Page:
The joystick is bulky, but it looks like he’s got plans for a much smaller one with [Carl Bugeja]-style PCB motors that should fit into a PS4 controller. That’s the subject of the second video below, which uses a different Hall sensor — an Allegro A1304 — and is mainly concerned with getting the output of a non-motorized but considerably miniaturized joystick stick talking the language that the controller expects. It’s not a simple process, but it seems to be coming along nicely, and we’ll be watching progress closely.
Continue reading “Exploring The Hall Effect For Haptic Feedback PS4 Joysticks”
There are many ways to make a linear actuator, a device for moving something is a straight line. Most of the easier to make ones use a conventional motor and a mechanical linkage such as a rack and pinion or a lead screw, but [Ben Wang] has gone for something far more elegant. His linear actuator uses a linear motor, a linear array of coils for the motor phases, working against a line of magnets. Even better than that, he’s managed to make the whole motor out of a single PCB. And it’s fast!
This represents something of an engineering challenge, because achieving the required magnetic field from the relatively few turns possible on a PCB is no easy task. He’s done it by using a four-layer board to gather enough turns for the required magnetic field, and a simple view of the board doesn’t quite convey what lies beneath.
PCB motors are perhaps one of those areas where the state of the art is still evolving, and the exciting part is that their limits are being pushed right there in our community. And this isn’t the only linear motor we’ve seen recently either, here’s one used in a model train.
[Carl Bugeja] has been working on his PCB motors for more than three years now, and it doesn’t seem like he is close to running out of ideas for the project. His latest creation is a tiny Bluetooth-controlled robot built around two of these motors.
One of the main challenges of these axial flux PCB motors is their low torque output, so [Carl] had to make the robot as light as possible. The main board contains a microcontroller module with integrated Bluetooth, an IMU, regulator, and two motor drivers. The motor stator boards are soldered to the main board using 90° header pins. The frame for the body and the rotors for the motors are 3D printed. A set of four neodymium magnets and a bearing is press-fit into each rotor. The motor shafts are off-the-shelf PCB pins with one end soldered to the stator board. Power comes from a small single-cell lipo battery attached to the main board.
The robot moves, but with a jerking motion, and keeps making unintended turns. The primary cause of this seems to be the wobbly rotors, which mean that the output torque fluctuates throughout the rotation of the motor. Since there are only two points of contact to the ground, only the weight of the board and battery is preventing the central part from rotating with the motors. This doesn’t look like it’s quite enough, so [Carl] wants to experiment with using the IMU to smooth out the motion. For the next version, he’s also working on a new shaft mount, a metal rotor, and a more efficient motor design.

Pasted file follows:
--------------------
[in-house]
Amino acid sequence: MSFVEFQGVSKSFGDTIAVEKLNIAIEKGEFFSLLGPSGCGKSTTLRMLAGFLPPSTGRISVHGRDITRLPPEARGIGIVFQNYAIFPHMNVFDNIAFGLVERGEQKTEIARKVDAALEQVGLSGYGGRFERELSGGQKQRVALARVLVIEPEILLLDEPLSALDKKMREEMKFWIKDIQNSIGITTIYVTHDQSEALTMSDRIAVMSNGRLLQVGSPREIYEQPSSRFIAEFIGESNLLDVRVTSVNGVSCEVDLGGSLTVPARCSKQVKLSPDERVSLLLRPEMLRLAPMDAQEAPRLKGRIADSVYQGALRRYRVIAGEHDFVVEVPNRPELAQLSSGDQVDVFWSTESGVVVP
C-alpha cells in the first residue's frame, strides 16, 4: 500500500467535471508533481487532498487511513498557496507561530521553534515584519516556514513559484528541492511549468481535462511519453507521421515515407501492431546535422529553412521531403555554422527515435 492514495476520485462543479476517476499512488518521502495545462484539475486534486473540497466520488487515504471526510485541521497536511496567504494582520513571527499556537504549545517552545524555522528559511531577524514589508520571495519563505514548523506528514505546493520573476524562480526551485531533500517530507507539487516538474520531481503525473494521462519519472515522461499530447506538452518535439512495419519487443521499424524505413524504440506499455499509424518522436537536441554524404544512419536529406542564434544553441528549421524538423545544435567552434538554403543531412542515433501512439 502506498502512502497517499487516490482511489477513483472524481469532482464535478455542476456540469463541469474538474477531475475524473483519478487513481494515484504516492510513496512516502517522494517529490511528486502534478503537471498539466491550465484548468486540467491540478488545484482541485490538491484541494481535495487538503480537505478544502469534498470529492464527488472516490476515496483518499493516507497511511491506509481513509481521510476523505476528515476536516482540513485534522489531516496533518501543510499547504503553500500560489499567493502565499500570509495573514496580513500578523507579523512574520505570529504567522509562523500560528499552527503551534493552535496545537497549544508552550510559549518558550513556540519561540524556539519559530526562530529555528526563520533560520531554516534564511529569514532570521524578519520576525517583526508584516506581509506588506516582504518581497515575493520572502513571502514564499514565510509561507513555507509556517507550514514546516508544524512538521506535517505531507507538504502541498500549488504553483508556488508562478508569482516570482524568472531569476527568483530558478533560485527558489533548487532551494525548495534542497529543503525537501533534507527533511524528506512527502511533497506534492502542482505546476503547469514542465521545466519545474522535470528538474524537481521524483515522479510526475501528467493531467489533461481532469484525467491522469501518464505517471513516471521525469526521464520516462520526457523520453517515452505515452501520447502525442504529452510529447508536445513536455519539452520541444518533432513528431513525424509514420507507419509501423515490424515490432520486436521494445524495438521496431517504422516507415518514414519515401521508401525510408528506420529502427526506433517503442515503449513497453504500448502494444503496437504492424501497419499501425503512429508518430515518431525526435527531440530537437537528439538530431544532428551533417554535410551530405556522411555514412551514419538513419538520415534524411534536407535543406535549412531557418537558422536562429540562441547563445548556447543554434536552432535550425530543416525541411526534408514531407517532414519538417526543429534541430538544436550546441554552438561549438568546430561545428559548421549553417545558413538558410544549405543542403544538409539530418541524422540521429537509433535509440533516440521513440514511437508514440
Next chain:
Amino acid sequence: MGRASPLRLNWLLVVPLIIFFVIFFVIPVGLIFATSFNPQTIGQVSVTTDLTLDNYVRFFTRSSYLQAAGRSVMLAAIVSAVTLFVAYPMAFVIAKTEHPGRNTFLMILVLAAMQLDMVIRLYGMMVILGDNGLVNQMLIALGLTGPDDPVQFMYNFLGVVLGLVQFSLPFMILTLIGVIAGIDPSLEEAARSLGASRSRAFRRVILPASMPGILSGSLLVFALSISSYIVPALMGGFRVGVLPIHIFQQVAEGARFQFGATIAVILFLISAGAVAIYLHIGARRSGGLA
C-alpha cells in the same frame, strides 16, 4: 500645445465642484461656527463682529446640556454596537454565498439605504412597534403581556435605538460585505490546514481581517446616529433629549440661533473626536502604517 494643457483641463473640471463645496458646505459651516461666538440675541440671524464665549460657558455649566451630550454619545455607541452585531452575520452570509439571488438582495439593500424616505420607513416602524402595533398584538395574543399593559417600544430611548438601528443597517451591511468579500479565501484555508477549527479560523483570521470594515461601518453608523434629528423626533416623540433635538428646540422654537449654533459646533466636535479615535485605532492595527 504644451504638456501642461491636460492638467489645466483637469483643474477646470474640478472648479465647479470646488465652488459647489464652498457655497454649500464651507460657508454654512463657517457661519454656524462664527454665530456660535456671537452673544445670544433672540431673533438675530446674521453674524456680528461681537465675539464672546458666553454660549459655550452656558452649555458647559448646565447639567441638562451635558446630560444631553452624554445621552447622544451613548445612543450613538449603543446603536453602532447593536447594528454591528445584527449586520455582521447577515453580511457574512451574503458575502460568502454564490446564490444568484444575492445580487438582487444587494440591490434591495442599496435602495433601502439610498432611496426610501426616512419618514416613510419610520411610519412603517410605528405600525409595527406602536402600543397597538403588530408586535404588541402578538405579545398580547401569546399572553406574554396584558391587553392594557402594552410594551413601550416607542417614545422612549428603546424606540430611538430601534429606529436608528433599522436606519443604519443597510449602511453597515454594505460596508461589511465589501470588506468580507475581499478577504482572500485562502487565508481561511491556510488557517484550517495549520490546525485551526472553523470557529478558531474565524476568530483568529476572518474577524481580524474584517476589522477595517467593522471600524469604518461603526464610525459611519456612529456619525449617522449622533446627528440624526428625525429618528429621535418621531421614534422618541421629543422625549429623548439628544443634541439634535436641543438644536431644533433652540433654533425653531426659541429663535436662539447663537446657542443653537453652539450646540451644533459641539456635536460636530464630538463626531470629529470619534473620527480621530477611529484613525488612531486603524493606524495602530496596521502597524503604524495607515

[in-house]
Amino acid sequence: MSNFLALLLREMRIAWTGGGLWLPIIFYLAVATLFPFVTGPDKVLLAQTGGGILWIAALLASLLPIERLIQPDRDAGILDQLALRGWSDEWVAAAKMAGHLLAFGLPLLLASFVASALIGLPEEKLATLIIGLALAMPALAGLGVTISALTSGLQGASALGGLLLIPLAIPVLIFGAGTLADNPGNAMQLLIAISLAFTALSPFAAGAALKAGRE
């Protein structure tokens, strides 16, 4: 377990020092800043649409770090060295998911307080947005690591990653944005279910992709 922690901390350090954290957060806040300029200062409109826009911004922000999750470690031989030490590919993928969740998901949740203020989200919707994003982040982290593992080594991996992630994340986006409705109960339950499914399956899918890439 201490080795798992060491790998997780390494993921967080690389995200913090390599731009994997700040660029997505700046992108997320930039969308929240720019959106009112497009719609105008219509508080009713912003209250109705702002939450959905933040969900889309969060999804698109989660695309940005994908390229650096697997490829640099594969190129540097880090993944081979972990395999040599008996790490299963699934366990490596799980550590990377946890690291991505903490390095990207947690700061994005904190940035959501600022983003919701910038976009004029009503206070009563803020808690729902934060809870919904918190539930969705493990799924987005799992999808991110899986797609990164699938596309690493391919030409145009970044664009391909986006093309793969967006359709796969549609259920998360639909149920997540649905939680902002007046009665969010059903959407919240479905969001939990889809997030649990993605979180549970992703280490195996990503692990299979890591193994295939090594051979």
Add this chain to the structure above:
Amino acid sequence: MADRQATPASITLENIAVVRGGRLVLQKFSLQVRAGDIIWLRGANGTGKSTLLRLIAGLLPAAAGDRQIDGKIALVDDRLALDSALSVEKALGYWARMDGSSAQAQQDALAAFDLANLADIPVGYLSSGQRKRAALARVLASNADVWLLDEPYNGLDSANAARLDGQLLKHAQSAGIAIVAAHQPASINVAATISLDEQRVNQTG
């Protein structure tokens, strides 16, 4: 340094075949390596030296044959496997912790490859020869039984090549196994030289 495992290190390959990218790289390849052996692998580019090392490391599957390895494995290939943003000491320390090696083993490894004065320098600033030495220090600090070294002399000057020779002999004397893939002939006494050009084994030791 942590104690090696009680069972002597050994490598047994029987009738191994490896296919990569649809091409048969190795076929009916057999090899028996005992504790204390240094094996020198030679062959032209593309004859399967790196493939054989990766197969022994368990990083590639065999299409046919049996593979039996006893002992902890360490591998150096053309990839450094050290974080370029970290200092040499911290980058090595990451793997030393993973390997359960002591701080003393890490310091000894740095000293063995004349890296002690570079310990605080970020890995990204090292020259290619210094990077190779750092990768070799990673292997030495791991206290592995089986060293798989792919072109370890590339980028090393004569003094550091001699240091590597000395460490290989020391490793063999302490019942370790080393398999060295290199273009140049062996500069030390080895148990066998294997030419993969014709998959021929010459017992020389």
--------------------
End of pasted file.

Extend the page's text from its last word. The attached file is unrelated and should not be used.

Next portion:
We look forward to seeing this in action, and also what other application [Carl] can come up with. He has already experimented with turning it into a stepper motor, a linear motor, and a tiny jigsaw motor.
Continue reading “Tiny PCB Motor Robot Is Making Its First Wobbly Moves”
Over the last 2 years [Carl Bujega] has made a name for himself with his PCB motor designs. His latest adventure is to turn it into a stepper motor by adding position control with microstepping.
The NEMA stepper motors most of us know are synchronous stepper motors, while [Carl]’s design is a permanent magnet design. It uses four coils on the stator, and two permanent magnets on the rotor/dial. By varying the current through each of the four poles with a stepper driver (microstepping), the position of the rotor should theoretically be controllable with good resolution. Unfortunately, this was easier said than done. He achieved position control, but it kept skipping steps in certain positions.
The motor and controller consist of a single flexible PCB, to reduce the layer spacing and increase the coils’ magnetic field strength. However, this created other problems, since the motor shaft didn’t have a solid mounting point, and the PCB flexed as the stator coils were energized. Soldering the controller was also a problem, as the through-hole headers ripped out easily and the PCB bulged while reflowing on a hot plate, in one case even popping off components. [Carl] eventually mounted one of the PCB motors inside a 3D printed frame to rigidly constrain all the motor components, but it still suffered from missed steps. Any suggestions for fixing the problem? Drop them in the comments below.
Like his other PCB motors, the torque is very low, but should be suitable for gauges or clocks. A PCB clock with an integrated motor would be pretty cool to have on the workshop wall.
The TMC2300 stepper driver [Carl] used belongs to the same family of drivers that enable silent stepping for 3D printers. We’ve covered a few of [Carl]’s PCB actuator adventures, from his original design to linear actuators and a flexible POV display.
Continue reading “Microstepping A PCB Motor”